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    Little Opposition in Arizona

    State's 60-cent tobacco tax hike appears inevitable.

    SCOTTSDALE, Ariz. -- Proposition 303 -- the Arizona for a Healthy Future ballot initiative that would add another 60 cents in tax on a pack of cigarettes -- is sailing through with almost no organized opposition at all.

    That is in stark contrast to the first time a tobacco tax appeared on the Arizona ballot -- a 40-cent tax in 1994, known then as Proposition 200. Big Tobacco was all over the state that year, pumping nearly $6 million into an advertising blitz in a futile attempt to defeat it, according to the Arizona Daily Star

    But just three weeks from Election Day, and other than the occasional anti-tax op-ed piece in a newspaper, and a few letters to the editor from unhappy smokers, no one is telling us not to vote for 303 - a measure that would more than double the cigarette tax, making it the fifth-highest in the nation at $1.18 a pack. "We're not officially opposing it this time, for the simple reason that nobody's spending a penny to counter it, not the tobacco industry, nobody," said Kevin McCarthy of the Phoenix-based Arizona Tax Research Association, a group that joined the tobacco industry in opposition in 1994.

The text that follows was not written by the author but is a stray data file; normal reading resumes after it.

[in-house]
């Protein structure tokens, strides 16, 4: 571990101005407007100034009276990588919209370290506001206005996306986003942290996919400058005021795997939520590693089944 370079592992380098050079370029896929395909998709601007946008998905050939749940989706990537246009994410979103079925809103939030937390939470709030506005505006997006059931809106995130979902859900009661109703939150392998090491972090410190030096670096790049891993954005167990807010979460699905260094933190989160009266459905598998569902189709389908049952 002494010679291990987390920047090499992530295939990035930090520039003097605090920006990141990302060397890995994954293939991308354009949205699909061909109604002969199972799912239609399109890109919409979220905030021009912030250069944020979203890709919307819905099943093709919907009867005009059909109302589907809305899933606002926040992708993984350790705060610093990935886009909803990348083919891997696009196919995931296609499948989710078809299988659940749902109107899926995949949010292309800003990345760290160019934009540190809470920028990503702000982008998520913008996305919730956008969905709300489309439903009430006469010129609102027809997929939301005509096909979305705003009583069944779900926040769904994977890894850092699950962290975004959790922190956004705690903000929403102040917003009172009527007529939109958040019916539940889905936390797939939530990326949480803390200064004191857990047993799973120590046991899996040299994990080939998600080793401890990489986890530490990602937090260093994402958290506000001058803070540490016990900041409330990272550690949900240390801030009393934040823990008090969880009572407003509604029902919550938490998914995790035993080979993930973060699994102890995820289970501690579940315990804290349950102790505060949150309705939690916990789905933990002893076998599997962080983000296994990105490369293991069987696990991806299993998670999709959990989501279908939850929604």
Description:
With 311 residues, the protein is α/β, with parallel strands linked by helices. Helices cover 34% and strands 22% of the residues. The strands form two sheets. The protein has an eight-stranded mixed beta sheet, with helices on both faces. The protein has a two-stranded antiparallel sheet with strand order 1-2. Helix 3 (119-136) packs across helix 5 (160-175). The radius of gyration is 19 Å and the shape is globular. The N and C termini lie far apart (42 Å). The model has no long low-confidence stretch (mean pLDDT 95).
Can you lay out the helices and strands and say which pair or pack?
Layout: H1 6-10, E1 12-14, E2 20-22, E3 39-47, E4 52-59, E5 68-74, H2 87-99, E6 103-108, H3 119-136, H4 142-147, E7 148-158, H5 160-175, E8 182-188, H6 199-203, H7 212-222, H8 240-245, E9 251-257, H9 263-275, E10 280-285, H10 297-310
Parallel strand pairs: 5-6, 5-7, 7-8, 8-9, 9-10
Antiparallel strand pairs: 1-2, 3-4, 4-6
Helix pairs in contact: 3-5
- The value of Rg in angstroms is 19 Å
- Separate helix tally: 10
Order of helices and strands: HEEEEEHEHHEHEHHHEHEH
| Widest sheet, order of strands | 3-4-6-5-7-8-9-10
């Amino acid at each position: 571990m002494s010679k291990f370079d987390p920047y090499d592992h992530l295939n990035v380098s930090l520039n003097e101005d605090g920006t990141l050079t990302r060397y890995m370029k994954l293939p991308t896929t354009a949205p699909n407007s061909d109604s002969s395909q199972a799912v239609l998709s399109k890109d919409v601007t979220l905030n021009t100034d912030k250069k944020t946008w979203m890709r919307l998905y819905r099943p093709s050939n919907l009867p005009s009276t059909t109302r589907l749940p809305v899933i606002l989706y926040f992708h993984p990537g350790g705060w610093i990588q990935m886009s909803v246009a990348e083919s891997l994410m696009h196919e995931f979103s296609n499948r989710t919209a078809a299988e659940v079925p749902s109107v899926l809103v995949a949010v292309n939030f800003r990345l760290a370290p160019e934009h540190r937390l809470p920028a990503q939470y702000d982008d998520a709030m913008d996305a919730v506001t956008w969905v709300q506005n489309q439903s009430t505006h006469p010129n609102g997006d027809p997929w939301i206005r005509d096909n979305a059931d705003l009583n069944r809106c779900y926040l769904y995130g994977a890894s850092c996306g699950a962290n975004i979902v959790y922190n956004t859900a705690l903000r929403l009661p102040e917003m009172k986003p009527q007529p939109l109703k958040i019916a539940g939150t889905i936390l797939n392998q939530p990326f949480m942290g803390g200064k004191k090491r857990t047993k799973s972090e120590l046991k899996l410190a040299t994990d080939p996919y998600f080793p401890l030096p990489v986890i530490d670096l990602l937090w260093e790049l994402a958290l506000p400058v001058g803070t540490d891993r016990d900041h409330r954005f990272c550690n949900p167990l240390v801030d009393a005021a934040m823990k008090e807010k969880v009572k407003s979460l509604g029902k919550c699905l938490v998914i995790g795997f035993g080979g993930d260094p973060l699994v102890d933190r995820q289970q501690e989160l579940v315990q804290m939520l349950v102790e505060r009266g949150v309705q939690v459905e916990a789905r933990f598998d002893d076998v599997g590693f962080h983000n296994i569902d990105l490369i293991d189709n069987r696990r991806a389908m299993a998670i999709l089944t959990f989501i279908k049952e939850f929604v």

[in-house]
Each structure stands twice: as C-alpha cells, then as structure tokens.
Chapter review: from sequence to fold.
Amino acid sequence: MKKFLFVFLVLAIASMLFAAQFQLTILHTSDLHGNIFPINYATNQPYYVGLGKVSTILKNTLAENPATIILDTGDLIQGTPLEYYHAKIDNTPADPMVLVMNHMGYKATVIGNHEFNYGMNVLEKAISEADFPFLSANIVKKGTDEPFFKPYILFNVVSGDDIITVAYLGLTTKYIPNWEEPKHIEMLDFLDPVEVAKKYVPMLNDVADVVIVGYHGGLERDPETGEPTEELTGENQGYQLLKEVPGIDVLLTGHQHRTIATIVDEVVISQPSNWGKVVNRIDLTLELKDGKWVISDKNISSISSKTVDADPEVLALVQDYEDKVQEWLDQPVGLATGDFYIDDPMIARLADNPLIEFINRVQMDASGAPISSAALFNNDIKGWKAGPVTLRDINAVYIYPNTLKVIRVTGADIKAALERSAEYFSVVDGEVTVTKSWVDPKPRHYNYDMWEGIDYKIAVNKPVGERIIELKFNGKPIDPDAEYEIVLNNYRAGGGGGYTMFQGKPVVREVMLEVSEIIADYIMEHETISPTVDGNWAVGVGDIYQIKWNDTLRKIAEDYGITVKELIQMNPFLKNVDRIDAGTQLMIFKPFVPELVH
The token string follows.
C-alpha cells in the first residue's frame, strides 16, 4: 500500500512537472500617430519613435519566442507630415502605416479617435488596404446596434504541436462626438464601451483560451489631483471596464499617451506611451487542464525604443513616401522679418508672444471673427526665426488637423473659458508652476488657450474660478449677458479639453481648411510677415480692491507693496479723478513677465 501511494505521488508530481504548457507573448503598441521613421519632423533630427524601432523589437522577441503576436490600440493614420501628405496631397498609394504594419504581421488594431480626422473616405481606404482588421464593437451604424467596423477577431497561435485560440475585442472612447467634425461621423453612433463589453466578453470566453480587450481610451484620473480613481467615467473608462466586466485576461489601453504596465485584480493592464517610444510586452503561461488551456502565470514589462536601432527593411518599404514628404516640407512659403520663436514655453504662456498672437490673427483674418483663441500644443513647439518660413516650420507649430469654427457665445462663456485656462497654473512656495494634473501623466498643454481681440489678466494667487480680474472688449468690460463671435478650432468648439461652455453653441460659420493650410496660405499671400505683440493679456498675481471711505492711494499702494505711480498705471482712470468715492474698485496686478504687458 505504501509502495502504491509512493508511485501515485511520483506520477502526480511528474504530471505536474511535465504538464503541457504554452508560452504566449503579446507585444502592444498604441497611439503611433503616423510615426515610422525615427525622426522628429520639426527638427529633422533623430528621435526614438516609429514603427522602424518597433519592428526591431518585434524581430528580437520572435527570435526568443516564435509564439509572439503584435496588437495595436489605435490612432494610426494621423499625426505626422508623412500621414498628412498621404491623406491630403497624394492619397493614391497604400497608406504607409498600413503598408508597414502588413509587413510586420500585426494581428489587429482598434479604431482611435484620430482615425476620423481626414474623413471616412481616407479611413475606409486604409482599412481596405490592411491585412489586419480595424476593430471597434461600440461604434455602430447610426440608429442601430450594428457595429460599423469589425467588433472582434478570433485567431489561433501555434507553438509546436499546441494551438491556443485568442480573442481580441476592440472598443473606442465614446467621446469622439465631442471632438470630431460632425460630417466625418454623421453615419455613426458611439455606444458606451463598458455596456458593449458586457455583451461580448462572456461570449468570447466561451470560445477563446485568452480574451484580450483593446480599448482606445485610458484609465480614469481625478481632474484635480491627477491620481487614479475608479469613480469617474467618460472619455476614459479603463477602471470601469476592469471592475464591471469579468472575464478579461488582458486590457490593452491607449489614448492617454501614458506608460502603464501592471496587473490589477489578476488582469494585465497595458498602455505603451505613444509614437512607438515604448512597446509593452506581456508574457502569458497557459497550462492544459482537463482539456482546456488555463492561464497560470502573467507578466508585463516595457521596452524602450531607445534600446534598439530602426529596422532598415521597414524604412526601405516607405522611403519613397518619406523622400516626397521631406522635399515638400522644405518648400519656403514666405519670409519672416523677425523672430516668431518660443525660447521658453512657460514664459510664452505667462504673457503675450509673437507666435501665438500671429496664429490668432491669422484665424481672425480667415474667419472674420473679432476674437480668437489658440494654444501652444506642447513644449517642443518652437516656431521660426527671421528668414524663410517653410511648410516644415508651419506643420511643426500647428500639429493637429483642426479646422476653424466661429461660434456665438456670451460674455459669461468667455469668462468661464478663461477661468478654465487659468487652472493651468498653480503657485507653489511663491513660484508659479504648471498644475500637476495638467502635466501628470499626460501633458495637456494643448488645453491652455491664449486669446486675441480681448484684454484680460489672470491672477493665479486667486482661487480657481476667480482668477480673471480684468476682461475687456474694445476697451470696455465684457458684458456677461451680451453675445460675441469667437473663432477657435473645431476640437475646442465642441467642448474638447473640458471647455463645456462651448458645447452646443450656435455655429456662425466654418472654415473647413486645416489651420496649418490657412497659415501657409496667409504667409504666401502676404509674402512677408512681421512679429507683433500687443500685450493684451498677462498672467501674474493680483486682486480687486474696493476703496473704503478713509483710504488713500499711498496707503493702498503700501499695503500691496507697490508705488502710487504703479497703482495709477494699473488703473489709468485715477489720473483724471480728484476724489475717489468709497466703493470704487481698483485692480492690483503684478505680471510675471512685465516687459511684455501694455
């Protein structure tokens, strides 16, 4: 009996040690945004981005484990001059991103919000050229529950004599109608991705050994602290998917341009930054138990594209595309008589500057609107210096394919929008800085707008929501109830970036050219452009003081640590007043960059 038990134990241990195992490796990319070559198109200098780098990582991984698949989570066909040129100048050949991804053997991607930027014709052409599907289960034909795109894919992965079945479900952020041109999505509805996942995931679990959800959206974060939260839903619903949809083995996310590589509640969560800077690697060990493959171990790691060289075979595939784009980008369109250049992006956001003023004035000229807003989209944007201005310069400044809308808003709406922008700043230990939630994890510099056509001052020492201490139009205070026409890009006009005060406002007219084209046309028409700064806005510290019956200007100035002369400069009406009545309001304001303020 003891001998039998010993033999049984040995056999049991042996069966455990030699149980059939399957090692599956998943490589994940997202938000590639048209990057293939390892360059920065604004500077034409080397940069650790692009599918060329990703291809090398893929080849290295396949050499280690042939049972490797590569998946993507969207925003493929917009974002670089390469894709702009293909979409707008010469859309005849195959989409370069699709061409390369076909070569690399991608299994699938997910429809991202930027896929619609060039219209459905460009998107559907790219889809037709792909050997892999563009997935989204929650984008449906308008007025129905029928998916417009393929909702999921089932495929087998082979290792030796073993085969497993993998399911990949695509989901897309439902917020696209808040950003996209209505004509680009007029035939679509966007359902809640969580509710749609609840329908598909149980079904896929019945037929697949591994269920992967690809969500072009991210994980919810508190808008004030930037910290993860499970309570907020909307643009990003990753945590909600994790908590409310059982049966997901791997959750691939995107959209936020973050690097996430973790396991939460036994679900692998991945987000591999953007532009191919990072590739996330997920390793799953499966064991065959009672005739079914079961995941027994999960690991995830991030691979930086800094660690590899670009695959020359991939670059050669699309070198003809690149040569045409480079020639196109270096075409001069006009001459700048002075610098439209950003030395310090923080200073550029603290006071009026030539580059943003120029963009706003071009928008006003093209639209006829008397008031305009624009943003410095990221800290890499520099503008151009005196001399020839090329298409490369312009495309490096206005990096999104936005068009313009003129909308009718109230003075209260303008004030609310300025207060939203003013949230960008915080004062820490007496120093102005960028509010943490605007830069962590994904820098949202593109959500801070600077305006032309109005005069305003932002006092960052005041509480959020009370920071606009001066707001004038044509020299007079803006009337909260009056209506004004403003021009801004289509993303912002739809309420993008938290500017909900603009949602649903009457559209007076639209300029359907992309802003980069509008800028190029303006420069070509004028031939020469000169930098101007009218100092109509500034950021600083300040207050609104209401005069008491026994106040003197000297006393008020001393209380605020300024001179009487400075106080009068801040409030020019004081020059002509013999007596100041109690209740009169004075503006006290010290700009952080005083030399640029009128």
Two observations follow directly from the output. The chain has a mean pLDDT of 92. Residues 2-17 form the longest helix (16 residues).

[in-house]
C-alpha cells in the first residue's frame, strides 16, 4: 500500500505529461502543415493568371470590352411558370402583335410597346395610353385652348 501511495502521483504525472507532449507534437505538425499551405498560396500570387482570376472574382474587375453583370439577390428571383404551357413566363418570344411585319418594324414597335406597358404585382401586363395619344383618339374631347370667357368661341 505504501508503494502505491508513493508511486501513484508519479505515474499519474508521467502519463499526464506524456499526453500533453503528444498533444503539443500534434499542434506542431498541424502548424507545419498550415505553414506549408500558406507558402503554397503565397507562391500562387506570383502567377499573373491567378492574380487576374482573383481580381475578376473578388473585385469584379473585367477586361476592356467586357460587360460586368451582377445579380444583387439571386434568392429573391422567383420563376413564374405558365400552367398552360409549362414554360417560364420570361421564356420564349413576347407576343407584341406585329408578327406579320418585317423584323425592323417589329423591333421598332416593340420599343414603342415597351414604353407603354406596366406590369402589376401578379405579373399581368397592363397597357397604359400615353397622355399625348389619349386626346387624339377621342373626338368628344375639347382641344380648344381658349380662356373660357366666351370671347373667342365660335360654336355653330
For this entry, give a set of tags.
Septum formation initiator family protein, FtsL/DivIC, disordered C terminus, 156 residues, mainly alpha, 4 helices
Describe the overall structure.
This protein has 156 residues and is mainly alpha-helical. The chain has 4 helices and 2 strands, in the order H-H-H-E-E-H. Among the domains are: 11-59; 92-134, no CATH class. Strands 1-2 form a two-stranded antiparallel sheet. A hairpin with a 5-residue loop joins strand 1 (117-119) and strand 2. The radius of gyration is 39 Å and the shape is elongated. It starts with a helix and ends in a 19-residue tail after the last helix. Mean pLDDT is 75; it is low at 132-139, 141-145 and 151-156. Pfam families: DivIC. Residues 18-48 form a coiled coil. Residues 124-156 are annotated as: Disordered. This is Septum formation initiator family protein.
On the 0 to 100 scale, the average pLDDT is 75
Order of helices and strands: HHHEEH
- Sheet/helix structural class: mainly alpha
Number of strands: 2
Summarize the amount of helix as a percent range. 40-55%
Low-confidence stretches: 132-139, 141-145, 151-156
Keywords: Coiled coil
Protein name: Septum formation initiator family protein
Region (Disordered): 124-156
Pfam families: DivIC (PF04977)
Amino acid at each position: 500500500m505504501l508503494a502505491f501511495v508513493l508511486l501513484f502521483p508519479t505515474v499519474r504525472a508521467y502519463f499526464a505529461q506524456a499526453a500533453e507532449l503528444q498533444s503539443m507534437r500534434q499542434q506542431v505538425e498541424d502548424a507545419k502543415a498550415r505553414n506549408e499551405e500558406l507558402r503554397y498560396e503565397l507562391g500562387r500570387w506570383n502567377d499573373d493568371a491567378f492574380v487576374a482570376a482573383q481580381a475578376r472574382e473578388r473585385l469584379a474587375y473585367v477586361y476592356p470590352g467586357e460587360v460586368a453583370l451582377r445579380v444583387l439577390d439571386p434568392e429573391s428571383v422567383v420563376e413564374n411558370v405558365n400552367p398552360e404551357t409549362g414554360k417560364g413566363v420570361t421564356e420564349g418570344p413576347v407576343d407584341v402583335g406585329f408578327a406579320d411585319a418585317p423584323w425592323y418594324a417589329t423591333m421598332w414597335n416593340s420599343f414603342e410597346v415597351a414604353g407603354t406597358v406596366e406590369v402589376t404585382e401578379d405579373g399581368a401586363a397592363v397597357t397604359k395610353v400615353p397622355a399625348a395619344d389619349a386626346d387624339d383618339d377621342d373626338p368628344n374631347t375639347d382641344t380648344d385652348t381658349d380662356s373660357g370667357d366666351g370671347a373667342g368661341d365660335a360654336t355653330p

A Philip Morris official said the leading tobacco company has made "no final decisions" on how involved it will get in Arizona. Philip Morris Vice President Michael Pfeil said it is "unfair" to tax a small number of smokers for programs that benefit most Arizonans.

    Call Proposition 303 "tax profiling," said David Howard, a spokesman for the R.J. Reynolds Tobacco Co. "It's going after a minority population to foot the bill to benefit the entire population." Even so, Howard said his company plans "nothing proactive" to fight 303. "It's just not the best use of our resources right now."

    Predicted to produce nearly $150 million in its first full year after passage, Proposition 303 mandates that money be divided among a myriad of popular health-care needs and programs -- with the bulk paying for medical care for uninsured and low-income Arizonans. Slapping another 60 cents on a pack of cigarettes will also cut smoking in Arizona by 10 percent over the next few years -- with the biggest drop among young people, 303 backers say.

    Arizona already has one of the lowest smoking rates in the nation at 18 percent compared with a national rate of about 24 percent. Arizona smoker numbers dropped in the years after the first tobacco tax was passed by about 20 percent in adult smokers and nearly 25 percent in young adults.

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